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Vermont Technical College: Manny Aretakis

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Vermont Technical College: Manny Aretakis

Manny Aretakis is pursuing a dual-degree at Vermont Tech in Randolph Center, VT.

  1. Why did you choose to participate in a STEM (Science, Technology, Engineering and Mathematics) program?

I grew up with a fascination for how machines work, how they were assembled, repaired and modified. I knew at an early age that I wanted the skills to be able to design and build projects of my own and this is what lead my desire to pursue an engineering degree.

  1. How did you decide which STEM field was right for you?

I’ve always been a hands-on learner and I wanted to pursue an education that would support that ability. I chose to complete a dual-degree program at Vermont Tech that allowed me to earn an associate degree in mechanical cngineering and a bachelor’s degree in manufacturing engineering. These STEM programs were an exceptional fit for me; I was able to learn extensive design methods and then apply a hands-on approach to manufacturing my designs by utilizing a vast array of state-of-the-art machinery. To be able to take something that you’ve designed and then to have the skills to manufacture it is highly gratifying.

  1. What is a typical day like in your STEM Program?

It might start with receiving a dimensioned drawing from a professor or a boss requesting that a series of changes need to be made, and then a certain number of these parts produced, for example, on a CNC milling machine. This would likely require me to start by utilizing my computer-aided design (CAD) design skills to make the necessary changes to the part. I would then create a dimensioned drawing utilizing geometric dimensioning and tolerancing (GD&T) best practices to ensure anyone can read and understand the print without issue. I would then start computer aided machining (CAM) on the part to create tool paths that would cut the part out of a rough piece of stock. This may require multiple operations, tools, and fixturing methods depending on the complexity of the part. At this point I would start up the CNC milling machine and set up the machine to be able to manufacture the part. After loading my CAM file into the machine, along with the necessary tools I would need to produce the part, I would simulate the operation and then once satisfied, run the operation. At the end of the operation, I would be left with a perfect part featuring the necessary changes and conforming to the tolerance standards laid out in the print.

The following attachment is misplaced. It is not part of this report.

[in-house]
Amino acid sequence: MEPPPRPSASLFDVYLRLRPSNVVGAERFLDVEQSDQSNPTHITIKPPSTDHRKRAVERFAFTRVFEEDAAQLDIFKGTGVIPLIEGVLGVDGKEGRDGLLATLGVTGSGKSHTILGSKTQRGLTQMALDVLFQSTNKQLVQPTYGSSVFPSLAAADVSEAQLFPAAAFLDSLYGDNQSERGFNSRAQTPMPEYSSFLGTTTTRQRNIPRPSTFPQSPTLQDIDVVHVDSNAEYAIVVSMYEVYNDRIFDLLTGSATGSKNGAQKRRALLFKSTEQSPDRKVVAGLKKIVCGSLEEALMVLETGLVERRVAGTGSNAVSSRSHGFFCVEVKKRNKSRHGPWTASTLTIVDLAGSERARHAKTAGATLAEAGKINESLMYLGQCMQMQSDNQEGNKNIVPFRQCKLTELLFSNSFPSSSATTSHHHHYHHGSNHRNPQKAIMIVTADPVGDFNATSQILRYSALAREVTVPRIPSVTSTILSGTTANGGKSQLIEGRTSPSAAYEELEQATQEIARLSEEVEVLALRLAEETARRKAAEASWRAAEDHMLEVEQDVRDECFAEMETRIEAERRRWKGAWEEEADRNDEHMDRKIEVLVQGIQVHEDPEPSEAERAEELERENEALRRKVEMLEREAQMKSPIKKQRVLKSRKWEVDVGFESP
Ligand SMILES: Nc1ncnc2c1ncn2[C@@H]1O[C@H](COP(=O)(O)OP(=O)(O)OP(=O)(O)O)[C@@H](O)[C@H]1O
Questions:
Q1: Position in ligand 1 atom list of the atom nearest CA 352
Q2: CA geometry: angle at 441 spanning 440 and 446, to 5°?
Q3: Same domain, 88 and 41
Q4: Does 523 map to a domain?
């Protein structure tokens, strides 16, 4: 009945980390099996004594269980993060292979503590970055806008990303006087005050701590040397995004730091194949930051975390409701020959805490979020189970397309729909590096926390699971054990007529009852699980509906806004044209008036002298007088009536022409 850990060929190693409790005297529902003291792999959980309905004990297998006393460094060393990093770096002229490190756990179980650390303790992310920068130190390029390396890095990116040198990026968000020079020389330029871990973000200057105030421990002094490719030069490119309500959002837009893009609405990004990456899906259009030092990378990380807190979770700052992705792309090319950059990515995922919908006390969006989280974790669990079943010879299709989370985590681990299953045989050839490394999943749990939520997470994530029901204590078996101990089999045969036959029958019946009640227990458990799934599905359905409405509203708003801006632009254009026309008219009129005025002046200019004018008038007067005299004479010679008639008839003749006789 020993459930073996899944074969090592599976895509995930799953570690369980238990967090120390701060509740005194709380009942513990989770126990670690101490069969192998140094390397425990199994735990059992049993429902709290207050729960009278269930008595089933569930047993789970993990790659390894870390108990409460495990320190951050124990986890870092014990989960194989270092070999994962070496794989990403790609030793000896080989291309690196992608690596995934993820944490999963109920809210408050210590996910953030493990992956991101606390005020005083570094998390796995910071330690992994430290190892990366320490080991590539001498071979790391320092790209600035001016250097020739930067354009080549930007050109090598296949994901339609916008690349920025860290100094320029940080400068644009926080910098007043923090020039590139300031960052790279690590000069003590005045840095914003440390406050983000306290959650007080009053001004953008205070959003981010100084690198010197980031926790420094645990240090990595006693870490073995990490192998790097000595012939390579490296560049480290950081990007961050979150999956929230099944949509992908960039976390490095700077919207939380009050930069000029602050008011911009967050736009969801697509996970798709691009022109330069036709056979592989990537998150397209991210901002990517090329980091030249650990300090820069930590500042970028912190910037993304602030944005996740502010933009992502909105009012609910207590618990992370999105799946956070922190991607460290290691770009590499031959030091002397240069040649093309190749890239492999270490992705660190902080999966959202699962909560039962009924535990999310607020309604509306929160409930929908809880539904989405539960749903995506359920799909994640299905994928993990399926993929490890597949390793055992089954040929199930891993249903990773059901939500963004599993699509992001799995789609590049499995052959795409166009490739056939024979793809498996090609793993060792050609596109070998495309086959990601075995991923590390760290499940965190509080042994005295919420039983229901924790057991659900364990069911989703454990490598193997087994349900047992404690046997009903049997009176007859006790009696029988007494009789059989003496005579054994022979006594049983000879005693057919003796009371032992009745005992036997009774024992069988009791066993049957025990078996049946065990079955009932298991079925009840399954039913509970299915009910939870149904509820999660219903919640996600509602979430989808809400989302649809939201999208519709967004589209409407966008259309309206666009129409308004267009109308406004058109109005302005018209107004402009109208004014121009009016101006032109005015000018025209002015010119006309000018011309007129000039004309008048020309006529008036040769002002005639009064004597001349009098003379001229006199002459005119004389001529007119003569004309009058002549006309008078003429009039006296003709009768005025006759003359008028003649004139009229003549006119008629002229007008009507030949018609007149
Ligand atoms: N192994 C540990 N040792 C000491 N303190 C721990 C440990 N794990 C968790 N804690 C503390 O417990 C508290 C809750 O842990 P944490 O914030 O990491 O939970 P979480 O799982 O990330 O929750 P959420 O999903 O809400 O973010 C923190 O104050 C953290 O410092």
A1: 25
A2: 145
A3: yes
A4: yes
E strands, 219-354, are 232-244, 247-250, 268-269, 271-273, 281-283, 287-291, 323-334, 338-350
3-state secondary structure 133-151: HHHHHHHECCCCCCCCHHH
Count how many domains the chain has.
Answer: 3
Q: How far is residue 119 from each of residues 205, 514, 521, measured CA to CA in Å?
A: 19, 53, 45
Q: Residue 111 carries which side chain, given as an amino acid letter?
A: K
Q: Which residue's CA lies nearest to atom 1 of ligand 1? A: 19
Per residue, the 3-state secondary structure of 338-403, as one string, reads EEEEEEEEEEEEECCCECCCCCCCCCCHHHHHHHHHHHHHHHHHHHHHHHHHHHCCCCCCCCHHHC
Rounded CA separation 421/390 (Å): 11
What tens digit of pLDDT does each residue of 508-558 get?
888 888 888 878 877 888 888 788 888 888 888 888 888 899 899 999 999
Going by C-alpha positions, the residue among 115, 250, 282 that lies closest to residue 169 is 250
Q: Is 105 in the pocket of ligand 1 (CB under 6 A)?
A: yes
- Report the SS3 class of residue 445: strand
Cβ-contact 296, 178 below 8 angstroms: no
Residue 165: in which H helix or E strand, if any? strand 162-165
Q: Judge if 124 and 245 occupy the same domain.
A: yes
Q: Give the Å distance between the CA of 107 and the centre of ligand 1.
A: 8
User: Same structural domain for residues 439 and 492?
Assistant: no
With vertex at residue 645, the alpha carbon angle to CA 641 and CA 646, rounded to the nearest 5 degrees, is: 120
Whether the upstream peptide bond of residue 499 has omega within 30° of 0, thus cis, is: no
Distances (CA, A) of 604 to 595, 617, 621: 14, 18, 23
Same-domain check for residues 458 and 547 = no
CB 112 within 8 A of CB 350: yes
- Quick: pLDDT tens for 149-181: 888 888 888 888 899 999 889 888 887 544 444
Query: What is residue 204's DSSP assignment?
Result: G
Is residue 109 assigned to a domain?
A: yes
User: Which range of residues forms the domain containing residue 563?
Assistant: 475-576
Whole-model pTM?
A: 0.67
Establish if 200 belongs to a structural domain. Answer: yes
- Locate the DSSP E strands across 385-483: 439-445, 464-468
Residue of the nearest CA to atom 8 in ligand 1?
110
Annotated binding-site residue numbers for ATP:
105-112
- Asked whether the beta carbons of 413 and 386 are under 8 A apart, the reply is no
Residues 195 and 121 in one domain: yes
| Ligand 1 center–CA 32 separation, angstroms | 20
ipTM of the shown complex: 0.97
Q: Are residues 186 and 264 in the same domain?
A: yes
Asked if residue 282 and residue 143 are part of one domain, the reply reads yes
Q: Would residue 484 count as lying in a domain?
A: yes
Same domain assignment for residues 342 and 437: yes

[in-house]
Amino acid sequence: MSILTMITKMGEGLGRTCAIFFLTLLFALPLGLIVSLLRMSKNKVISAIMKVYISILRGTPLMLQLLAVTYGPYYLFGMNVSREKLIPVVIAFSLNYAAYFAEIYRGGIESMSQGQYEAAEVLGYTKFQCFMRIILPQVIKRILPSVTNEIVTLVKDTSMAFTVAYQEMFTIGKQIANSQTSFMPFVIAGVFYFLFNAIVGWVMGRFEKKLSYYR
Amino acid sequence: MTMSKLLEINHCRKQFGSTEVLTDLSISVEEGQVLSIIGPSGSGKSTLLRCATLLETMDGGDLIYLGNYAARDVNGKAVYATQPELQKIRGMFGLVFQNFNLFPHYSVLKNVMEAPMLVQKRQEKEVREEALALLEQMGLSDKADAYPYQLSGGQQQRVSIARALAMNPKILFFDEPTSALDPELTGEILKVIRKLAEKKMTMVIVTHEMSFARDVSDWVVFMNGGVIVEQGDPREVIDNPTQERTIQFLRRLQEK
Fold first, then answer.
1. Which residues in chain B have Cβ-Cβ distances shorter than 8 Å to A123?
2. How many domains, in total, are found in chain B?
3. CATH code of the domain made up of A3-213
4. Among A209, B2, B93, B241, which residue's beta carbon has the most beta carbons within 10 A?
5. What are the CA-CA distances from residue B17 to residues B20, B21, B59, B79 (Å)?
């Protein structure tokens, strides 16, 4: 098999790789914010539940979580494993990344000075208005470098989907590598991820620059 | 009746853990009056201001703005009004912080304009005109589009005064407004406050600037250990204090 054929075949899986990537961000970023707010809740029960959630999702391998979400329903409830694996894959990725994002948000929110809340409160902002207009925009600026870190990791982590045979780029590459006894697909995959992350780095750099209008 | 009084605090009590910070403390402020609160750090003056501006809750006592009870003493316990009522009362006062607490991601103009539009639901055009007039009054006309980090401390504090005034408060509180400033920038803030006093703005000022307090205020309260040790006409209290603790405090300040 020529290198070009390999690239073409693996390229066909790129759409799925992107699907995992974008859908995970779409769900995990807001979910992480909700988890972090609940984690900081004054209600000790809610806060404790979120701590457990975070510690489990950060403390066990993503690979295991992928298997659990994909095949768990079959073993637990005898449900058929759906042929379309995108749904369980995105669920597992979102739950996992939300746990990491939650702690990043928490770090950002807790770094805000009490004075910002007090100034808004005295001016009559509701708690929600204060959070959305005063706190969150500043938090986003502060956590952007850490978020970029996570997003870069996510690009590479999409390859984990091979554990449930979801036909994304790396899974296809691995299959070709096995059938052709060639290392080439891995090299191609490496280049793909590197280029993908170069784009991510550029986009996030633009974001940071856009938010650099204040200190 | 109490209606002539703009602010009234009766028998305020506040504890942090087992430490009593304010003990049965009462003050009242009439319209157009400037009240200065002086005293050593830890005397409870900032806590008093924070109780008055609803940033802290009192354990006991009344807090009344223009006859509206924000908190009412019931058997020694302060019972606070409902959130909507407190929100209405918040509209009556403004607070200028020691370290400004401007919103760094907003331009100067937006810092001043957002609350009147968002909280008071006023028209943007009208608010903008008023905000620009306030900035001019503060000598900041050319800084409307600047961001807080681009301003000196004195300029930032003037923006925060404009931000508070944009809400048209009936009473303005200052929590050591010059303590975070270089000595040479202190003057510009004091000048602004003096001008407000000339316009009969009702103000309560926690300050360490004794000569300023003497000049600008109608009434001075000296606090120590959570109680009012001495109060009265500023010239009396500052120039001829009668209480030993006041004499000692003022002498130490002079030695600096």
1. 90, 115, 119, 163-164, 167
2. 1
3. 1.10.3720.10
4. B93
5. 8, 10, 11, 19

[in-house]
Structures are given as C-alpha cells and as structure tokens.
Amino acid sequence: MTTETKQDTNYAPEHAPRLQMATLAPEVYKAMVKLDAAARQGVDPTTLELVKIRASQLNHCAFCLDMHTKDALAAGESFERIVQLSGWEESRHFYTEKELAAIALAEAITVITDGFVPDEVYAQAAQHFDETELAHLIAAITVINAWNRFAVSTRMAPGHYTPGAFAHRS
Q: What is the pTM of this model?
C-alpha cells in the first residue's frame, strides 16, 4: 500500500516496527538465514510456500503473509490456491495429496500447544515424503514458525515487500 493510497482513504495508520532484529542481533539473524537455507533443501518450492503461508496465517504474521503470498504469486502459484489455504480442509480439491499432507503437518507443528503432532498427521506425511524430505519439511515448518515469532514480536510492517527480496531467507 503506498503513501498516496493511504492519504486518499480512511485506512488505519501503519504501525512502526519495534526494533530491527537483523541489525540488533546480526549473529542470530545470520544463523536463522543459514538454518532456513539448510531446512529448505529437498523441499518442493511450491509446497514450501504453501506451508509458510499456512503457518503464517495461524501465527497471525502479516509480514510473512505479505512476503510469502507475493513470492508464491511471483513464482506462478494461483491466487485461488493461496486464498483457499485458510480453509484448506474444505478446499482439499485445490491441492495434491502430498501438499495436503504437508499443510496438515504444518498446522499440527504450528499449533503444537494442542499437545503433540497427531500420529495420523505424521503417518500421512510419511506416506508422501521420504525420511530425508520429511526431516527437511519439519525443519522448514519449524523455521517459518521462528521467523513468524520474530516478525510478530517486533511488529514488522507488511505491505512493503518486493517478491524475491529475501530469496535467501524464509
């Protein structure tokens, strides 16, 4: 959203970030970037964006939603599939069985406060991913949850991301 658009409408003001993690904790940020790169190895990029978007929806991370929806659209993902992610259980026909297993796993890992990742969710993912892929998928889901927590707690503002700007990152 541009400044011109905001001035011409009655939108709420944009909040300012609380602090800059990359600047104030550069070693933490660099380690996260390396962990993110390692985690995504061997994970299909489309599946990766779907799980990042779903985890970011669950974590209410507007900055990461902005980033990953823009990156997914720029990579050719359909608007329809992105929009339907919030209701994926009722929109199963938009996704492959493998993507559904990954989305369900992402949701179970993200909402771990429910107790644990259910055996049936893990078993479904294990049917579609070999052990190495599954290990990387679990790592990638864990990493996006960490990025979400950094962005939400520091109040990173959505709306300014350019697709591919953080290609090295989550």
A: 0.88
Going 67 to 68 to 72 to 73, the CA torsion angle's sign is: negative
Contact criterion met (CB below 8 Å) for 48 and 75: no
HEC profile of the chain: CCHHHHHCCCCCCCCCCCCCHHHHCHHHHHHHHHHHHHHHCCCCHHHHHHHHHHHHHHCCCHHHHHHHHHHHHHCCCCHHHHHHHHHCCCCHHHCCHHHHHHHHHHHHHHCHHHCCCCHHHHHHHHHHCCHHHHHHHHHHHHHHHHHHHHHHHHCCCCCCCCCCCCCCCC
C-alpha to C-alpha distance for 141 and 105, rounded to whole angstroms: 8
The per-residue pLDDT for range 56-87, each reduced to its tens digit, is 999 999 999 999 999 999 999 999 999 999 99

1. What has been the most memorable moment of your STEM program?

Very recently in our program, our class was assigned an entrepreneurial mass production manufacturing project. We had to come up with a product that we could design, market and sell. Our class worked to develop a high-quality key-holder in the shape of Vermont that one would be able to install at home. We even incorporated a maple tap into the plate to add a little bit of marketing flair. The most satisfying part of this project was the fact that we were able to sell all 68 of our key holder products within one week of completion.

  1. What advice do you have for teens looking at STEM degrees and/or career paths?

There is a general lack of people skilled in STEM fields. The aging population is desperately seeking young people to fill the vast array of STEM careers so this is an excellent time for a young person to enter a STEM field! The knowledge you will gain will serve you well no matter where you go in life.

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